Rutgers Teaches Caregivers to Focus on Themselves
A new program at Rutgers teaches caregivers of people with disabilities how to avoid “compassion fatigue”
Family members who care for loved ones with mental or physical disabilities are at risk for increased stress, which can affect not only their health but also the health of the person in their charge. Often, these individuals must balance care with work and other family commitments, leaving little time to attend to their own health and well-being.
George Brice of Willingboro, New Jersey, began experiencing “compassion fatigue” and depression after his father passed away last year, leaving him as the sole caregiver for his sister who lives with schizoaffective disorder. Knowing he had to learn stress-management strategies, he enrolled in Rutgers’ new Caregiver Wellness program, which provides research-based wellness self-care education, yoga and mindfulness meditation to family and professional caregivers of adults with co-occurring developmental disabilities and mental illness.
After the class, Brice found relief by integrating meditation and yoga into his daily routine and enlisting the help of neighbors when he needed a break from caregiving — but he discovered that was not the only benefit. “My yoga practice captivated my sister’s interest, and a few weeks after I started going to classes at a local studio, she asked to join me,” he said. “Now, we go together, and she is managing her stress better, too.”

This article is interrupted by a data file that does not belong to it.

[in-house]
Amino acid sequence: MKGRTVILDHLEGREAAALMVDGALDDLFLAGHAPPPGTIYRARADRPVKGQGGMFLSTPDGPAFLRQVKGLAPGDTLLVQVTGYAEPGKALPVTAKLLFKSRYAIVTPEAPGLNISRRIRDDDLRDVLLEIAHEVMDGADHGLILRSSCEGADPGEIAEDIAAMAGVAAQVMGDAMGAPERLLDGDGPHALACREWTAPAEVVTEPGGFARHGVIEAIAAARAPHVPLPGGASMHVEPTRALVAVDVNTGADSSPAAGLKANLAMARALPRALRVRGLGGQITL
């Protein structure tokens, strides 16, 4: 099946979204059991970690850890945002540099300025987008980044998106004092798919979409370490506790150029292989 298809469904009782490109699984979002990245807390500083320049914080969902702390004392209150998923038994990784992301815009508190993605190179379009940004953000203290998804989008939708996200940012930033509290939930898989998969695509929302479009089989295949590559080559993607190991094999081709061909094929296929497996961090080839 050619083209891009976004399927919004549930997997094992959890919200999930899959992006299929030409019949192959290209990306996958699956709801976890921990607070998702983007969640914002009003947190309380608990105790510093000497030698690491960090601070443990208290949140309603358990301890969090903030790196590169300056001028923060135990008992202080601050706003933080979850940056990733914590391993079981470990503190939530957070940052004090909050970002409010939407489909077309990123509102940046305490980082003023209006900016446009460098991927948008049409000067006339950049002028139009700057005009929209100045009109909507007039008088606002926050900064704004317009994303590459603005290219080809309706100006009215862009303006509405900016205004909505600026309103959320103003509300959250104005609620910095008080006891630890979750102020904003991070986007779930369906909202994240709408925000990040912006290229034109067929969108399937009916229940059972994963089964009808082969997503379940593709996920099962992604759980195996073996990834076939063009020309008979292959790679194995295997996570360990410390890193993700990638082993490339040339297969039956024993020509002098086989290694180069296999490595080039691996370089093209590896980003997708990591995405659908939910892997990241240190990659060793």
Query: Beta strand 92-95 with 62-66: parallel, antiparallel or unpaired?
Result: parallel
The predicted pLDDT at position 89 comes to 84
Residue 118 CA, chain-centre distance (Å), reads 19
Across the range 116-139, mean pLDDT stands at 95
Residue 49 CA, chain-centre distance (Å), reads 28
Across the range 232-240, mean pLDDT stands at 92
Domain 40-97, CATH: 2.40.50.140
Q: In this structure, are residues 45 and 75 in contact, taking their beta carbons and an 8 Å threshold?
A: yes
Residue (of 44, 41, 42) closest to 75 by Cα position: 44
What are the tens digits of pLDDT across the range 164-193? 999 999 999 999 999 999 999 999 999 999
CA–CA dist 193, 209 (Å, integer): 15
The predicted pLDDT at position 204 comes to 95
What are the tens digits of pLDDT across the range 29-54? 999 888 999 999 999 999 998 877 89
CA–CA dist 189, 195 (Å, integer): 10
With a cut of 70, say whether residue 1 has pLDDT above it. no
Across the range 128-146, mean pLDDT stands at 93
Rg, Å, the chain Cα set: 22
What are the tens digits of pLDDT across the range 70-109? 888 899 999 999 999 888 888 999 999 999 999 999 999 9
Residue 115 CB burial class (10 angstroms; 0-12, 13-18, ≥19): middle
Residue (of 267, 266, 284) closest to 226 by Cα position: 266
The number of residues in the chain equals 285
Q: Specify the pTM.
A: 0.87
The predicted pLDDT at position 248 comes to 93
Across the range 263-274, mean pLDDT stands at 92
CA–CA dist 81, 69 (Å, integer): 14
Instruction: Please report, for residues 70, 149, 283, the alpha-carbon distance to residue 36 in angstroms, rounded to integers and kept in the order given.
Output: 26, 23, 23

A collaboration between Rutgers University Behavioral Health Care (UBHC) and Rutgers School of Health Professions, the Caregiver Wellness program was funded by the New Jersey Division of Mental Health and Addiction Services and the Mental Health Services Administration of the United States Department of Health and Human Services.
“Caregiving is a relentless, 24/7 role that requires emotional and physical strength. People often neglect their own health, focusing exclusively on the needs of those whom they support, which can lead to self-destructive patterns and social isolation,” said project manager Margaret Swarbrick, UBHC director of practice innovation and wellness. “Caregivers can easily get overwhelmed and neglect their own self-care needs.”
While developing the program, Swarbrick surveyed many family supporters connected to the Mom2Mom peer support line for parents of children with special needs, the New Jersey chapter of the National Alliance on Mental Illness and others in the developmental disability communities. They conducted focus groups and researched similar educational initiatives across the nation and discovered a lack of programs that teach self-care skills to caregivers of adults with disabilities. “Although there were other programs that taught yoga and mindfulness, we did not find any that included the critical component of wellness self-care education, as our program does,” said Swarbrick.
The program takes a practical, not theoretical, approach: Caregivers learn hands-on how even a few minutes of simple yoga, meditation and breathing exercises during the day can reduce stress. “For example, we show them how closing their eyes for even a few minutes can have a profound effect on stress levels and how, with a little planning, they can eat nutritiously and not resort to grabbing food on the go,” said Swarbrick. “The yoga and meditation teaches them how to pause and roll with situations rather than react to them, which leads to more effective caregiving.”
For more information, contact Margaret Swarbrick at firstname.lastname@example.org.